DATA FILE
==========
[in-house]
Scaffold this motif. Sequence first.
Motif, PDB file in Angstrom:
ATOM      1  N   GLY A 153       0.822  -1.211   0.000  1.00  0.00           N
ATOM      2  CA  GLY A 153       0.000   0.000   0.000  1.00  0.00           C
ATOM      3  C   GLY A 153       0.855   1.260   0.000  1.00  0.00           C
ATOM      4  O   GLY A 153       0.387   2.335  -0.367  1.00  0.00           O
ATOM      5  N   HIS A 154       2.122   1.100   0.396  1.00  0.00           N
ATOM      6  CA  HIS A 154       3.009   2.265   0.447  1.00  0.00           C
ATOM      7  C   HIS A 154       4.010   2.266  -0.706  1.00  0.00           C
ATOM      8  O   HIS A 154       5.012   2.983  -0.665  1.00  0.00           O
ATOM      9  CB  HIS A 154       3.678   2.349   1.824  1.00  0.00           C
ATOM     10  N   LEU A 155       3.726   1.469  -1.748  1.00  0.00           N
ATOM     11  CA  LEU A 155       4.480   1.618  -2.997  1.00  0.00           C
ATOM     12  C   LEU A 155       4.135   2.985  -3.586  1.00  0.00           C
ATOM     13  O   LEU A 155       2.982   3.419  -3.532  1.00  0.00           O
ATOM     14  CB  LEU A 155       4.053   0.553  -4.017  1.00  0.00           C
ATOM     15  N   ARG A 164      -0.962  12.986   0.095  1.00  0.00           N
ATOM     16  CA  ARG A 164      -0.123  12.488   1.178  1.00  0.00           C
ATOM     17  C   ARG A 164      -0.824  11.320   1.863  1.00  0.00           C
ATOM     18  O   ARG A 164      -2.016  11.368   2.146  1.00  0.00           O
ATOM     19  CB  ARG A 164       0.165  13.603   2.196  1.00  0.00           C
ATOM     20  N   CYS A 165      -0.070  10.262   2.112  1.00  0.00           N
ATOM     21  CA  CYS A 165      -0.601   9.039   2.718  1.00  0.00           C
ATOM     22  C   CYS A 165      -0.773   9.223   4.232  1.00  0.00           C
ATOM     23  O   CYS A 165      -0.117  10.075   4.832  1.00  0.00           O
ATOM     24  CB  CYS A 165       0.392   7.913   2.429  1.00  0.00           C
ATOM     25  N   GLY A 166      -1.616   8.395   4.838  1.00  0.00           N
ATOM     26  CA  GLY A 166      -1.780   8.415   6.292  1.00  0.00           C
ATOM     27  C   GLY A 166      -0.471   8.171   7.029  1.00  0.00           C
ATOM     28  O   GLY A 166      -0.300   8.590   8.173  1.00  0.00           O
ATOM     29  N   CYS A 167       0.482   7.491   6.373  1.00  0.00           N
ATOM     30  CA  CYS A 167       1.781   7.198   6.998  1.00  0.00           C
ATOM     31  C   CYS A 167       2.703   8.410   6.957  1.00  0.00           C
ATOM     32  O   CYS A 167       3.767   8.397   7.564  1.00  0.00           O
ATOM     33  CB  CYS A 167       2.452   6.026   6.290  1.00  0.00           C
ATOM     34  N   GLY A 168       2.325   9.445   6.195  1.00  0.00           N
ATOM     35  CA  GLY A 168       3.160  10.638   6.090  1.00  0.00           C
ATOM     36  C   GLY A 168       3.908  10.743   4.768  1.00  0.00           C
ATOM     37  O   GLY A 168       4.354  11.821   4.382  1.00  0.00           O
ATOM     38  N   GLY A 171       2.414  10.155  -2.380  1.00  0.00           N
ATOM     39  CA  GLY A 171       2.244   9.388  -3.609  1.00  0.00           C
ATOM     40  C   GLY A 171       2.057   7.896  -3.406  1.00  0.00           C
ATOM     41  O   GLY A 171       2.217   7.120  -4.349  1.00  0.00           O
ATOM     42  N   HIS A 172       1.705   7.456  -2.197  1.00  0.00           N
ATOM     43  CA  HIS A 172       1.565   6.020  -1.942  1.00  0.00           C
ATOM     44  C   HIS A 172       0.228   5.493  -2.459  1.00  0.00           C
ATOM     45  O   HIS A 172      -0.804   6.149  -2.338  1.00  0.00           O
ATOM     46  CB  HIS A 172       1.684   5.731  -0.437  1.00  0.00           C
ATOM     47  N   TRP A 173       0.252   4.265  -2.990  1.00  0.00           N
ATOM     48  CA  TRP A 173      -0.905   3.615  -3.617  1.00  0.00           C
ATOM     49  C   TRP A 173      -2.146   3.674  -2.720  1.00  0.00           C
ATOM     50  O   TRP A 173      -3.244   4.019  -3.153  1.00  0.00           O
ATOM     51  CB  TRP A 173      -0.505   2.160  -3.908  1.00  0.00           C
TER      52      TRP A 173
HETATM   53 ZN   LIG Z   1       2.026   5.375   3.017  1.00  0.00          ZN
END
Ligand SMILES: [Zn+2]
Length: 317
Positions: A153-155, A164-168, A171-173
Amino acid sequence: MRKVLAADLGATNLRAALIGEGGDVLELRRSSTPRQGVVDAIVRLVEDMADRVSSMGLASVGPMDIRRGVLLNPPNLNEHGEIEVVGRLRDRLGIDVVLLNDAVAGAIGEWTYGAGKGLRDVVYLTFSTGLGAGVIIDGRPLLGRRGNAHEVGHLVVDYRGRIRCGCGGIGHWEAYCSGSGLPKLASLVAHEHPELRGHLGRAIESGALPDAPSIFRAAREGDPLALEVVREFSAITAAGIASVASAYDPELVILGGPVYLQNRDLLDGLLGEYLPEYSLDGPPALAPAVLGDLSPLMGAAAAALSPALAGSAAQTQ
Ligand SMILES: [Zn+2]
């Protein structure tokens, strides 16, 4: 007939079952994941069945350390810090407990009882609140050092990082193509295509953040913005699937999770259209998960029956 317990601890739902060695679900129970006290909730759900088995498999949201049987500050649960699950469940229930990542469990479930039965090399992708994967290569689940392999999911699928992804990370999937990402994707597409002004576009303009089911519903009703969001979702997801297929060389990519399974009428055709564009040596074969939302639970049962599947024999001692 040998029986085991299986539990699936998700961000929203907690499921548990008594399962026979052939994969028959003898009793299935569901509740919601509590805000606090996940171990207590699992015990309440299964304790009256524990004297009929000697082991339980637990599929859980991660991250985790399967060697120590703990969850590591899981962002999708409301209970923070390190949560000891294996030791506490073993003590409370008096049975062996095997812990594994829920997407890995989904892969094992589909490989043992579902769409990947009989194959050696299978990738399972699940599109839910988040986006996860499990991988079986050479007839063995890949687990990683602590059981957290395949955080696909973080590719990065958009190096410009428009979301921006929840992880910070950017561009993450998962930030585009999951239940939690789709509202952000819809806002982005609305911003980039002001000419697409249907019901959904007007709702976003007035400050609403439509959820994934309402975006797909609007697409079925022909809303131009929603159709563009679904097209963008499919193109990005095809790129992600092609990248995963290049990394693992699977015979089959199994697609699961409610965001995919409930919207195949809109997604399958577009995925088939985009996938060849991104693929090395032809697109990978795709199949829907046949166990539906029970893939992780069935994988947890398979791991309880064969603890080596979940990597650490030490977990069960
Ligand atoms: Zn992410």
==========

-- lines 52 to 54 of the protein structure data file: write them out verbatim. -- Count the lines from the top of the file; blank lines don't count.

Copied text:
ATOM     49  C   TRP A 173      -2.146   3.674  -2.720  1.00  0.00           C
ATOM     50  O   TRP A 173      -3.244   4.019  -3.153  1.00  0.00           O
ATOM     51  CB  TRP A 173      -0.505   2.160  -3.908  1.00  0.00           C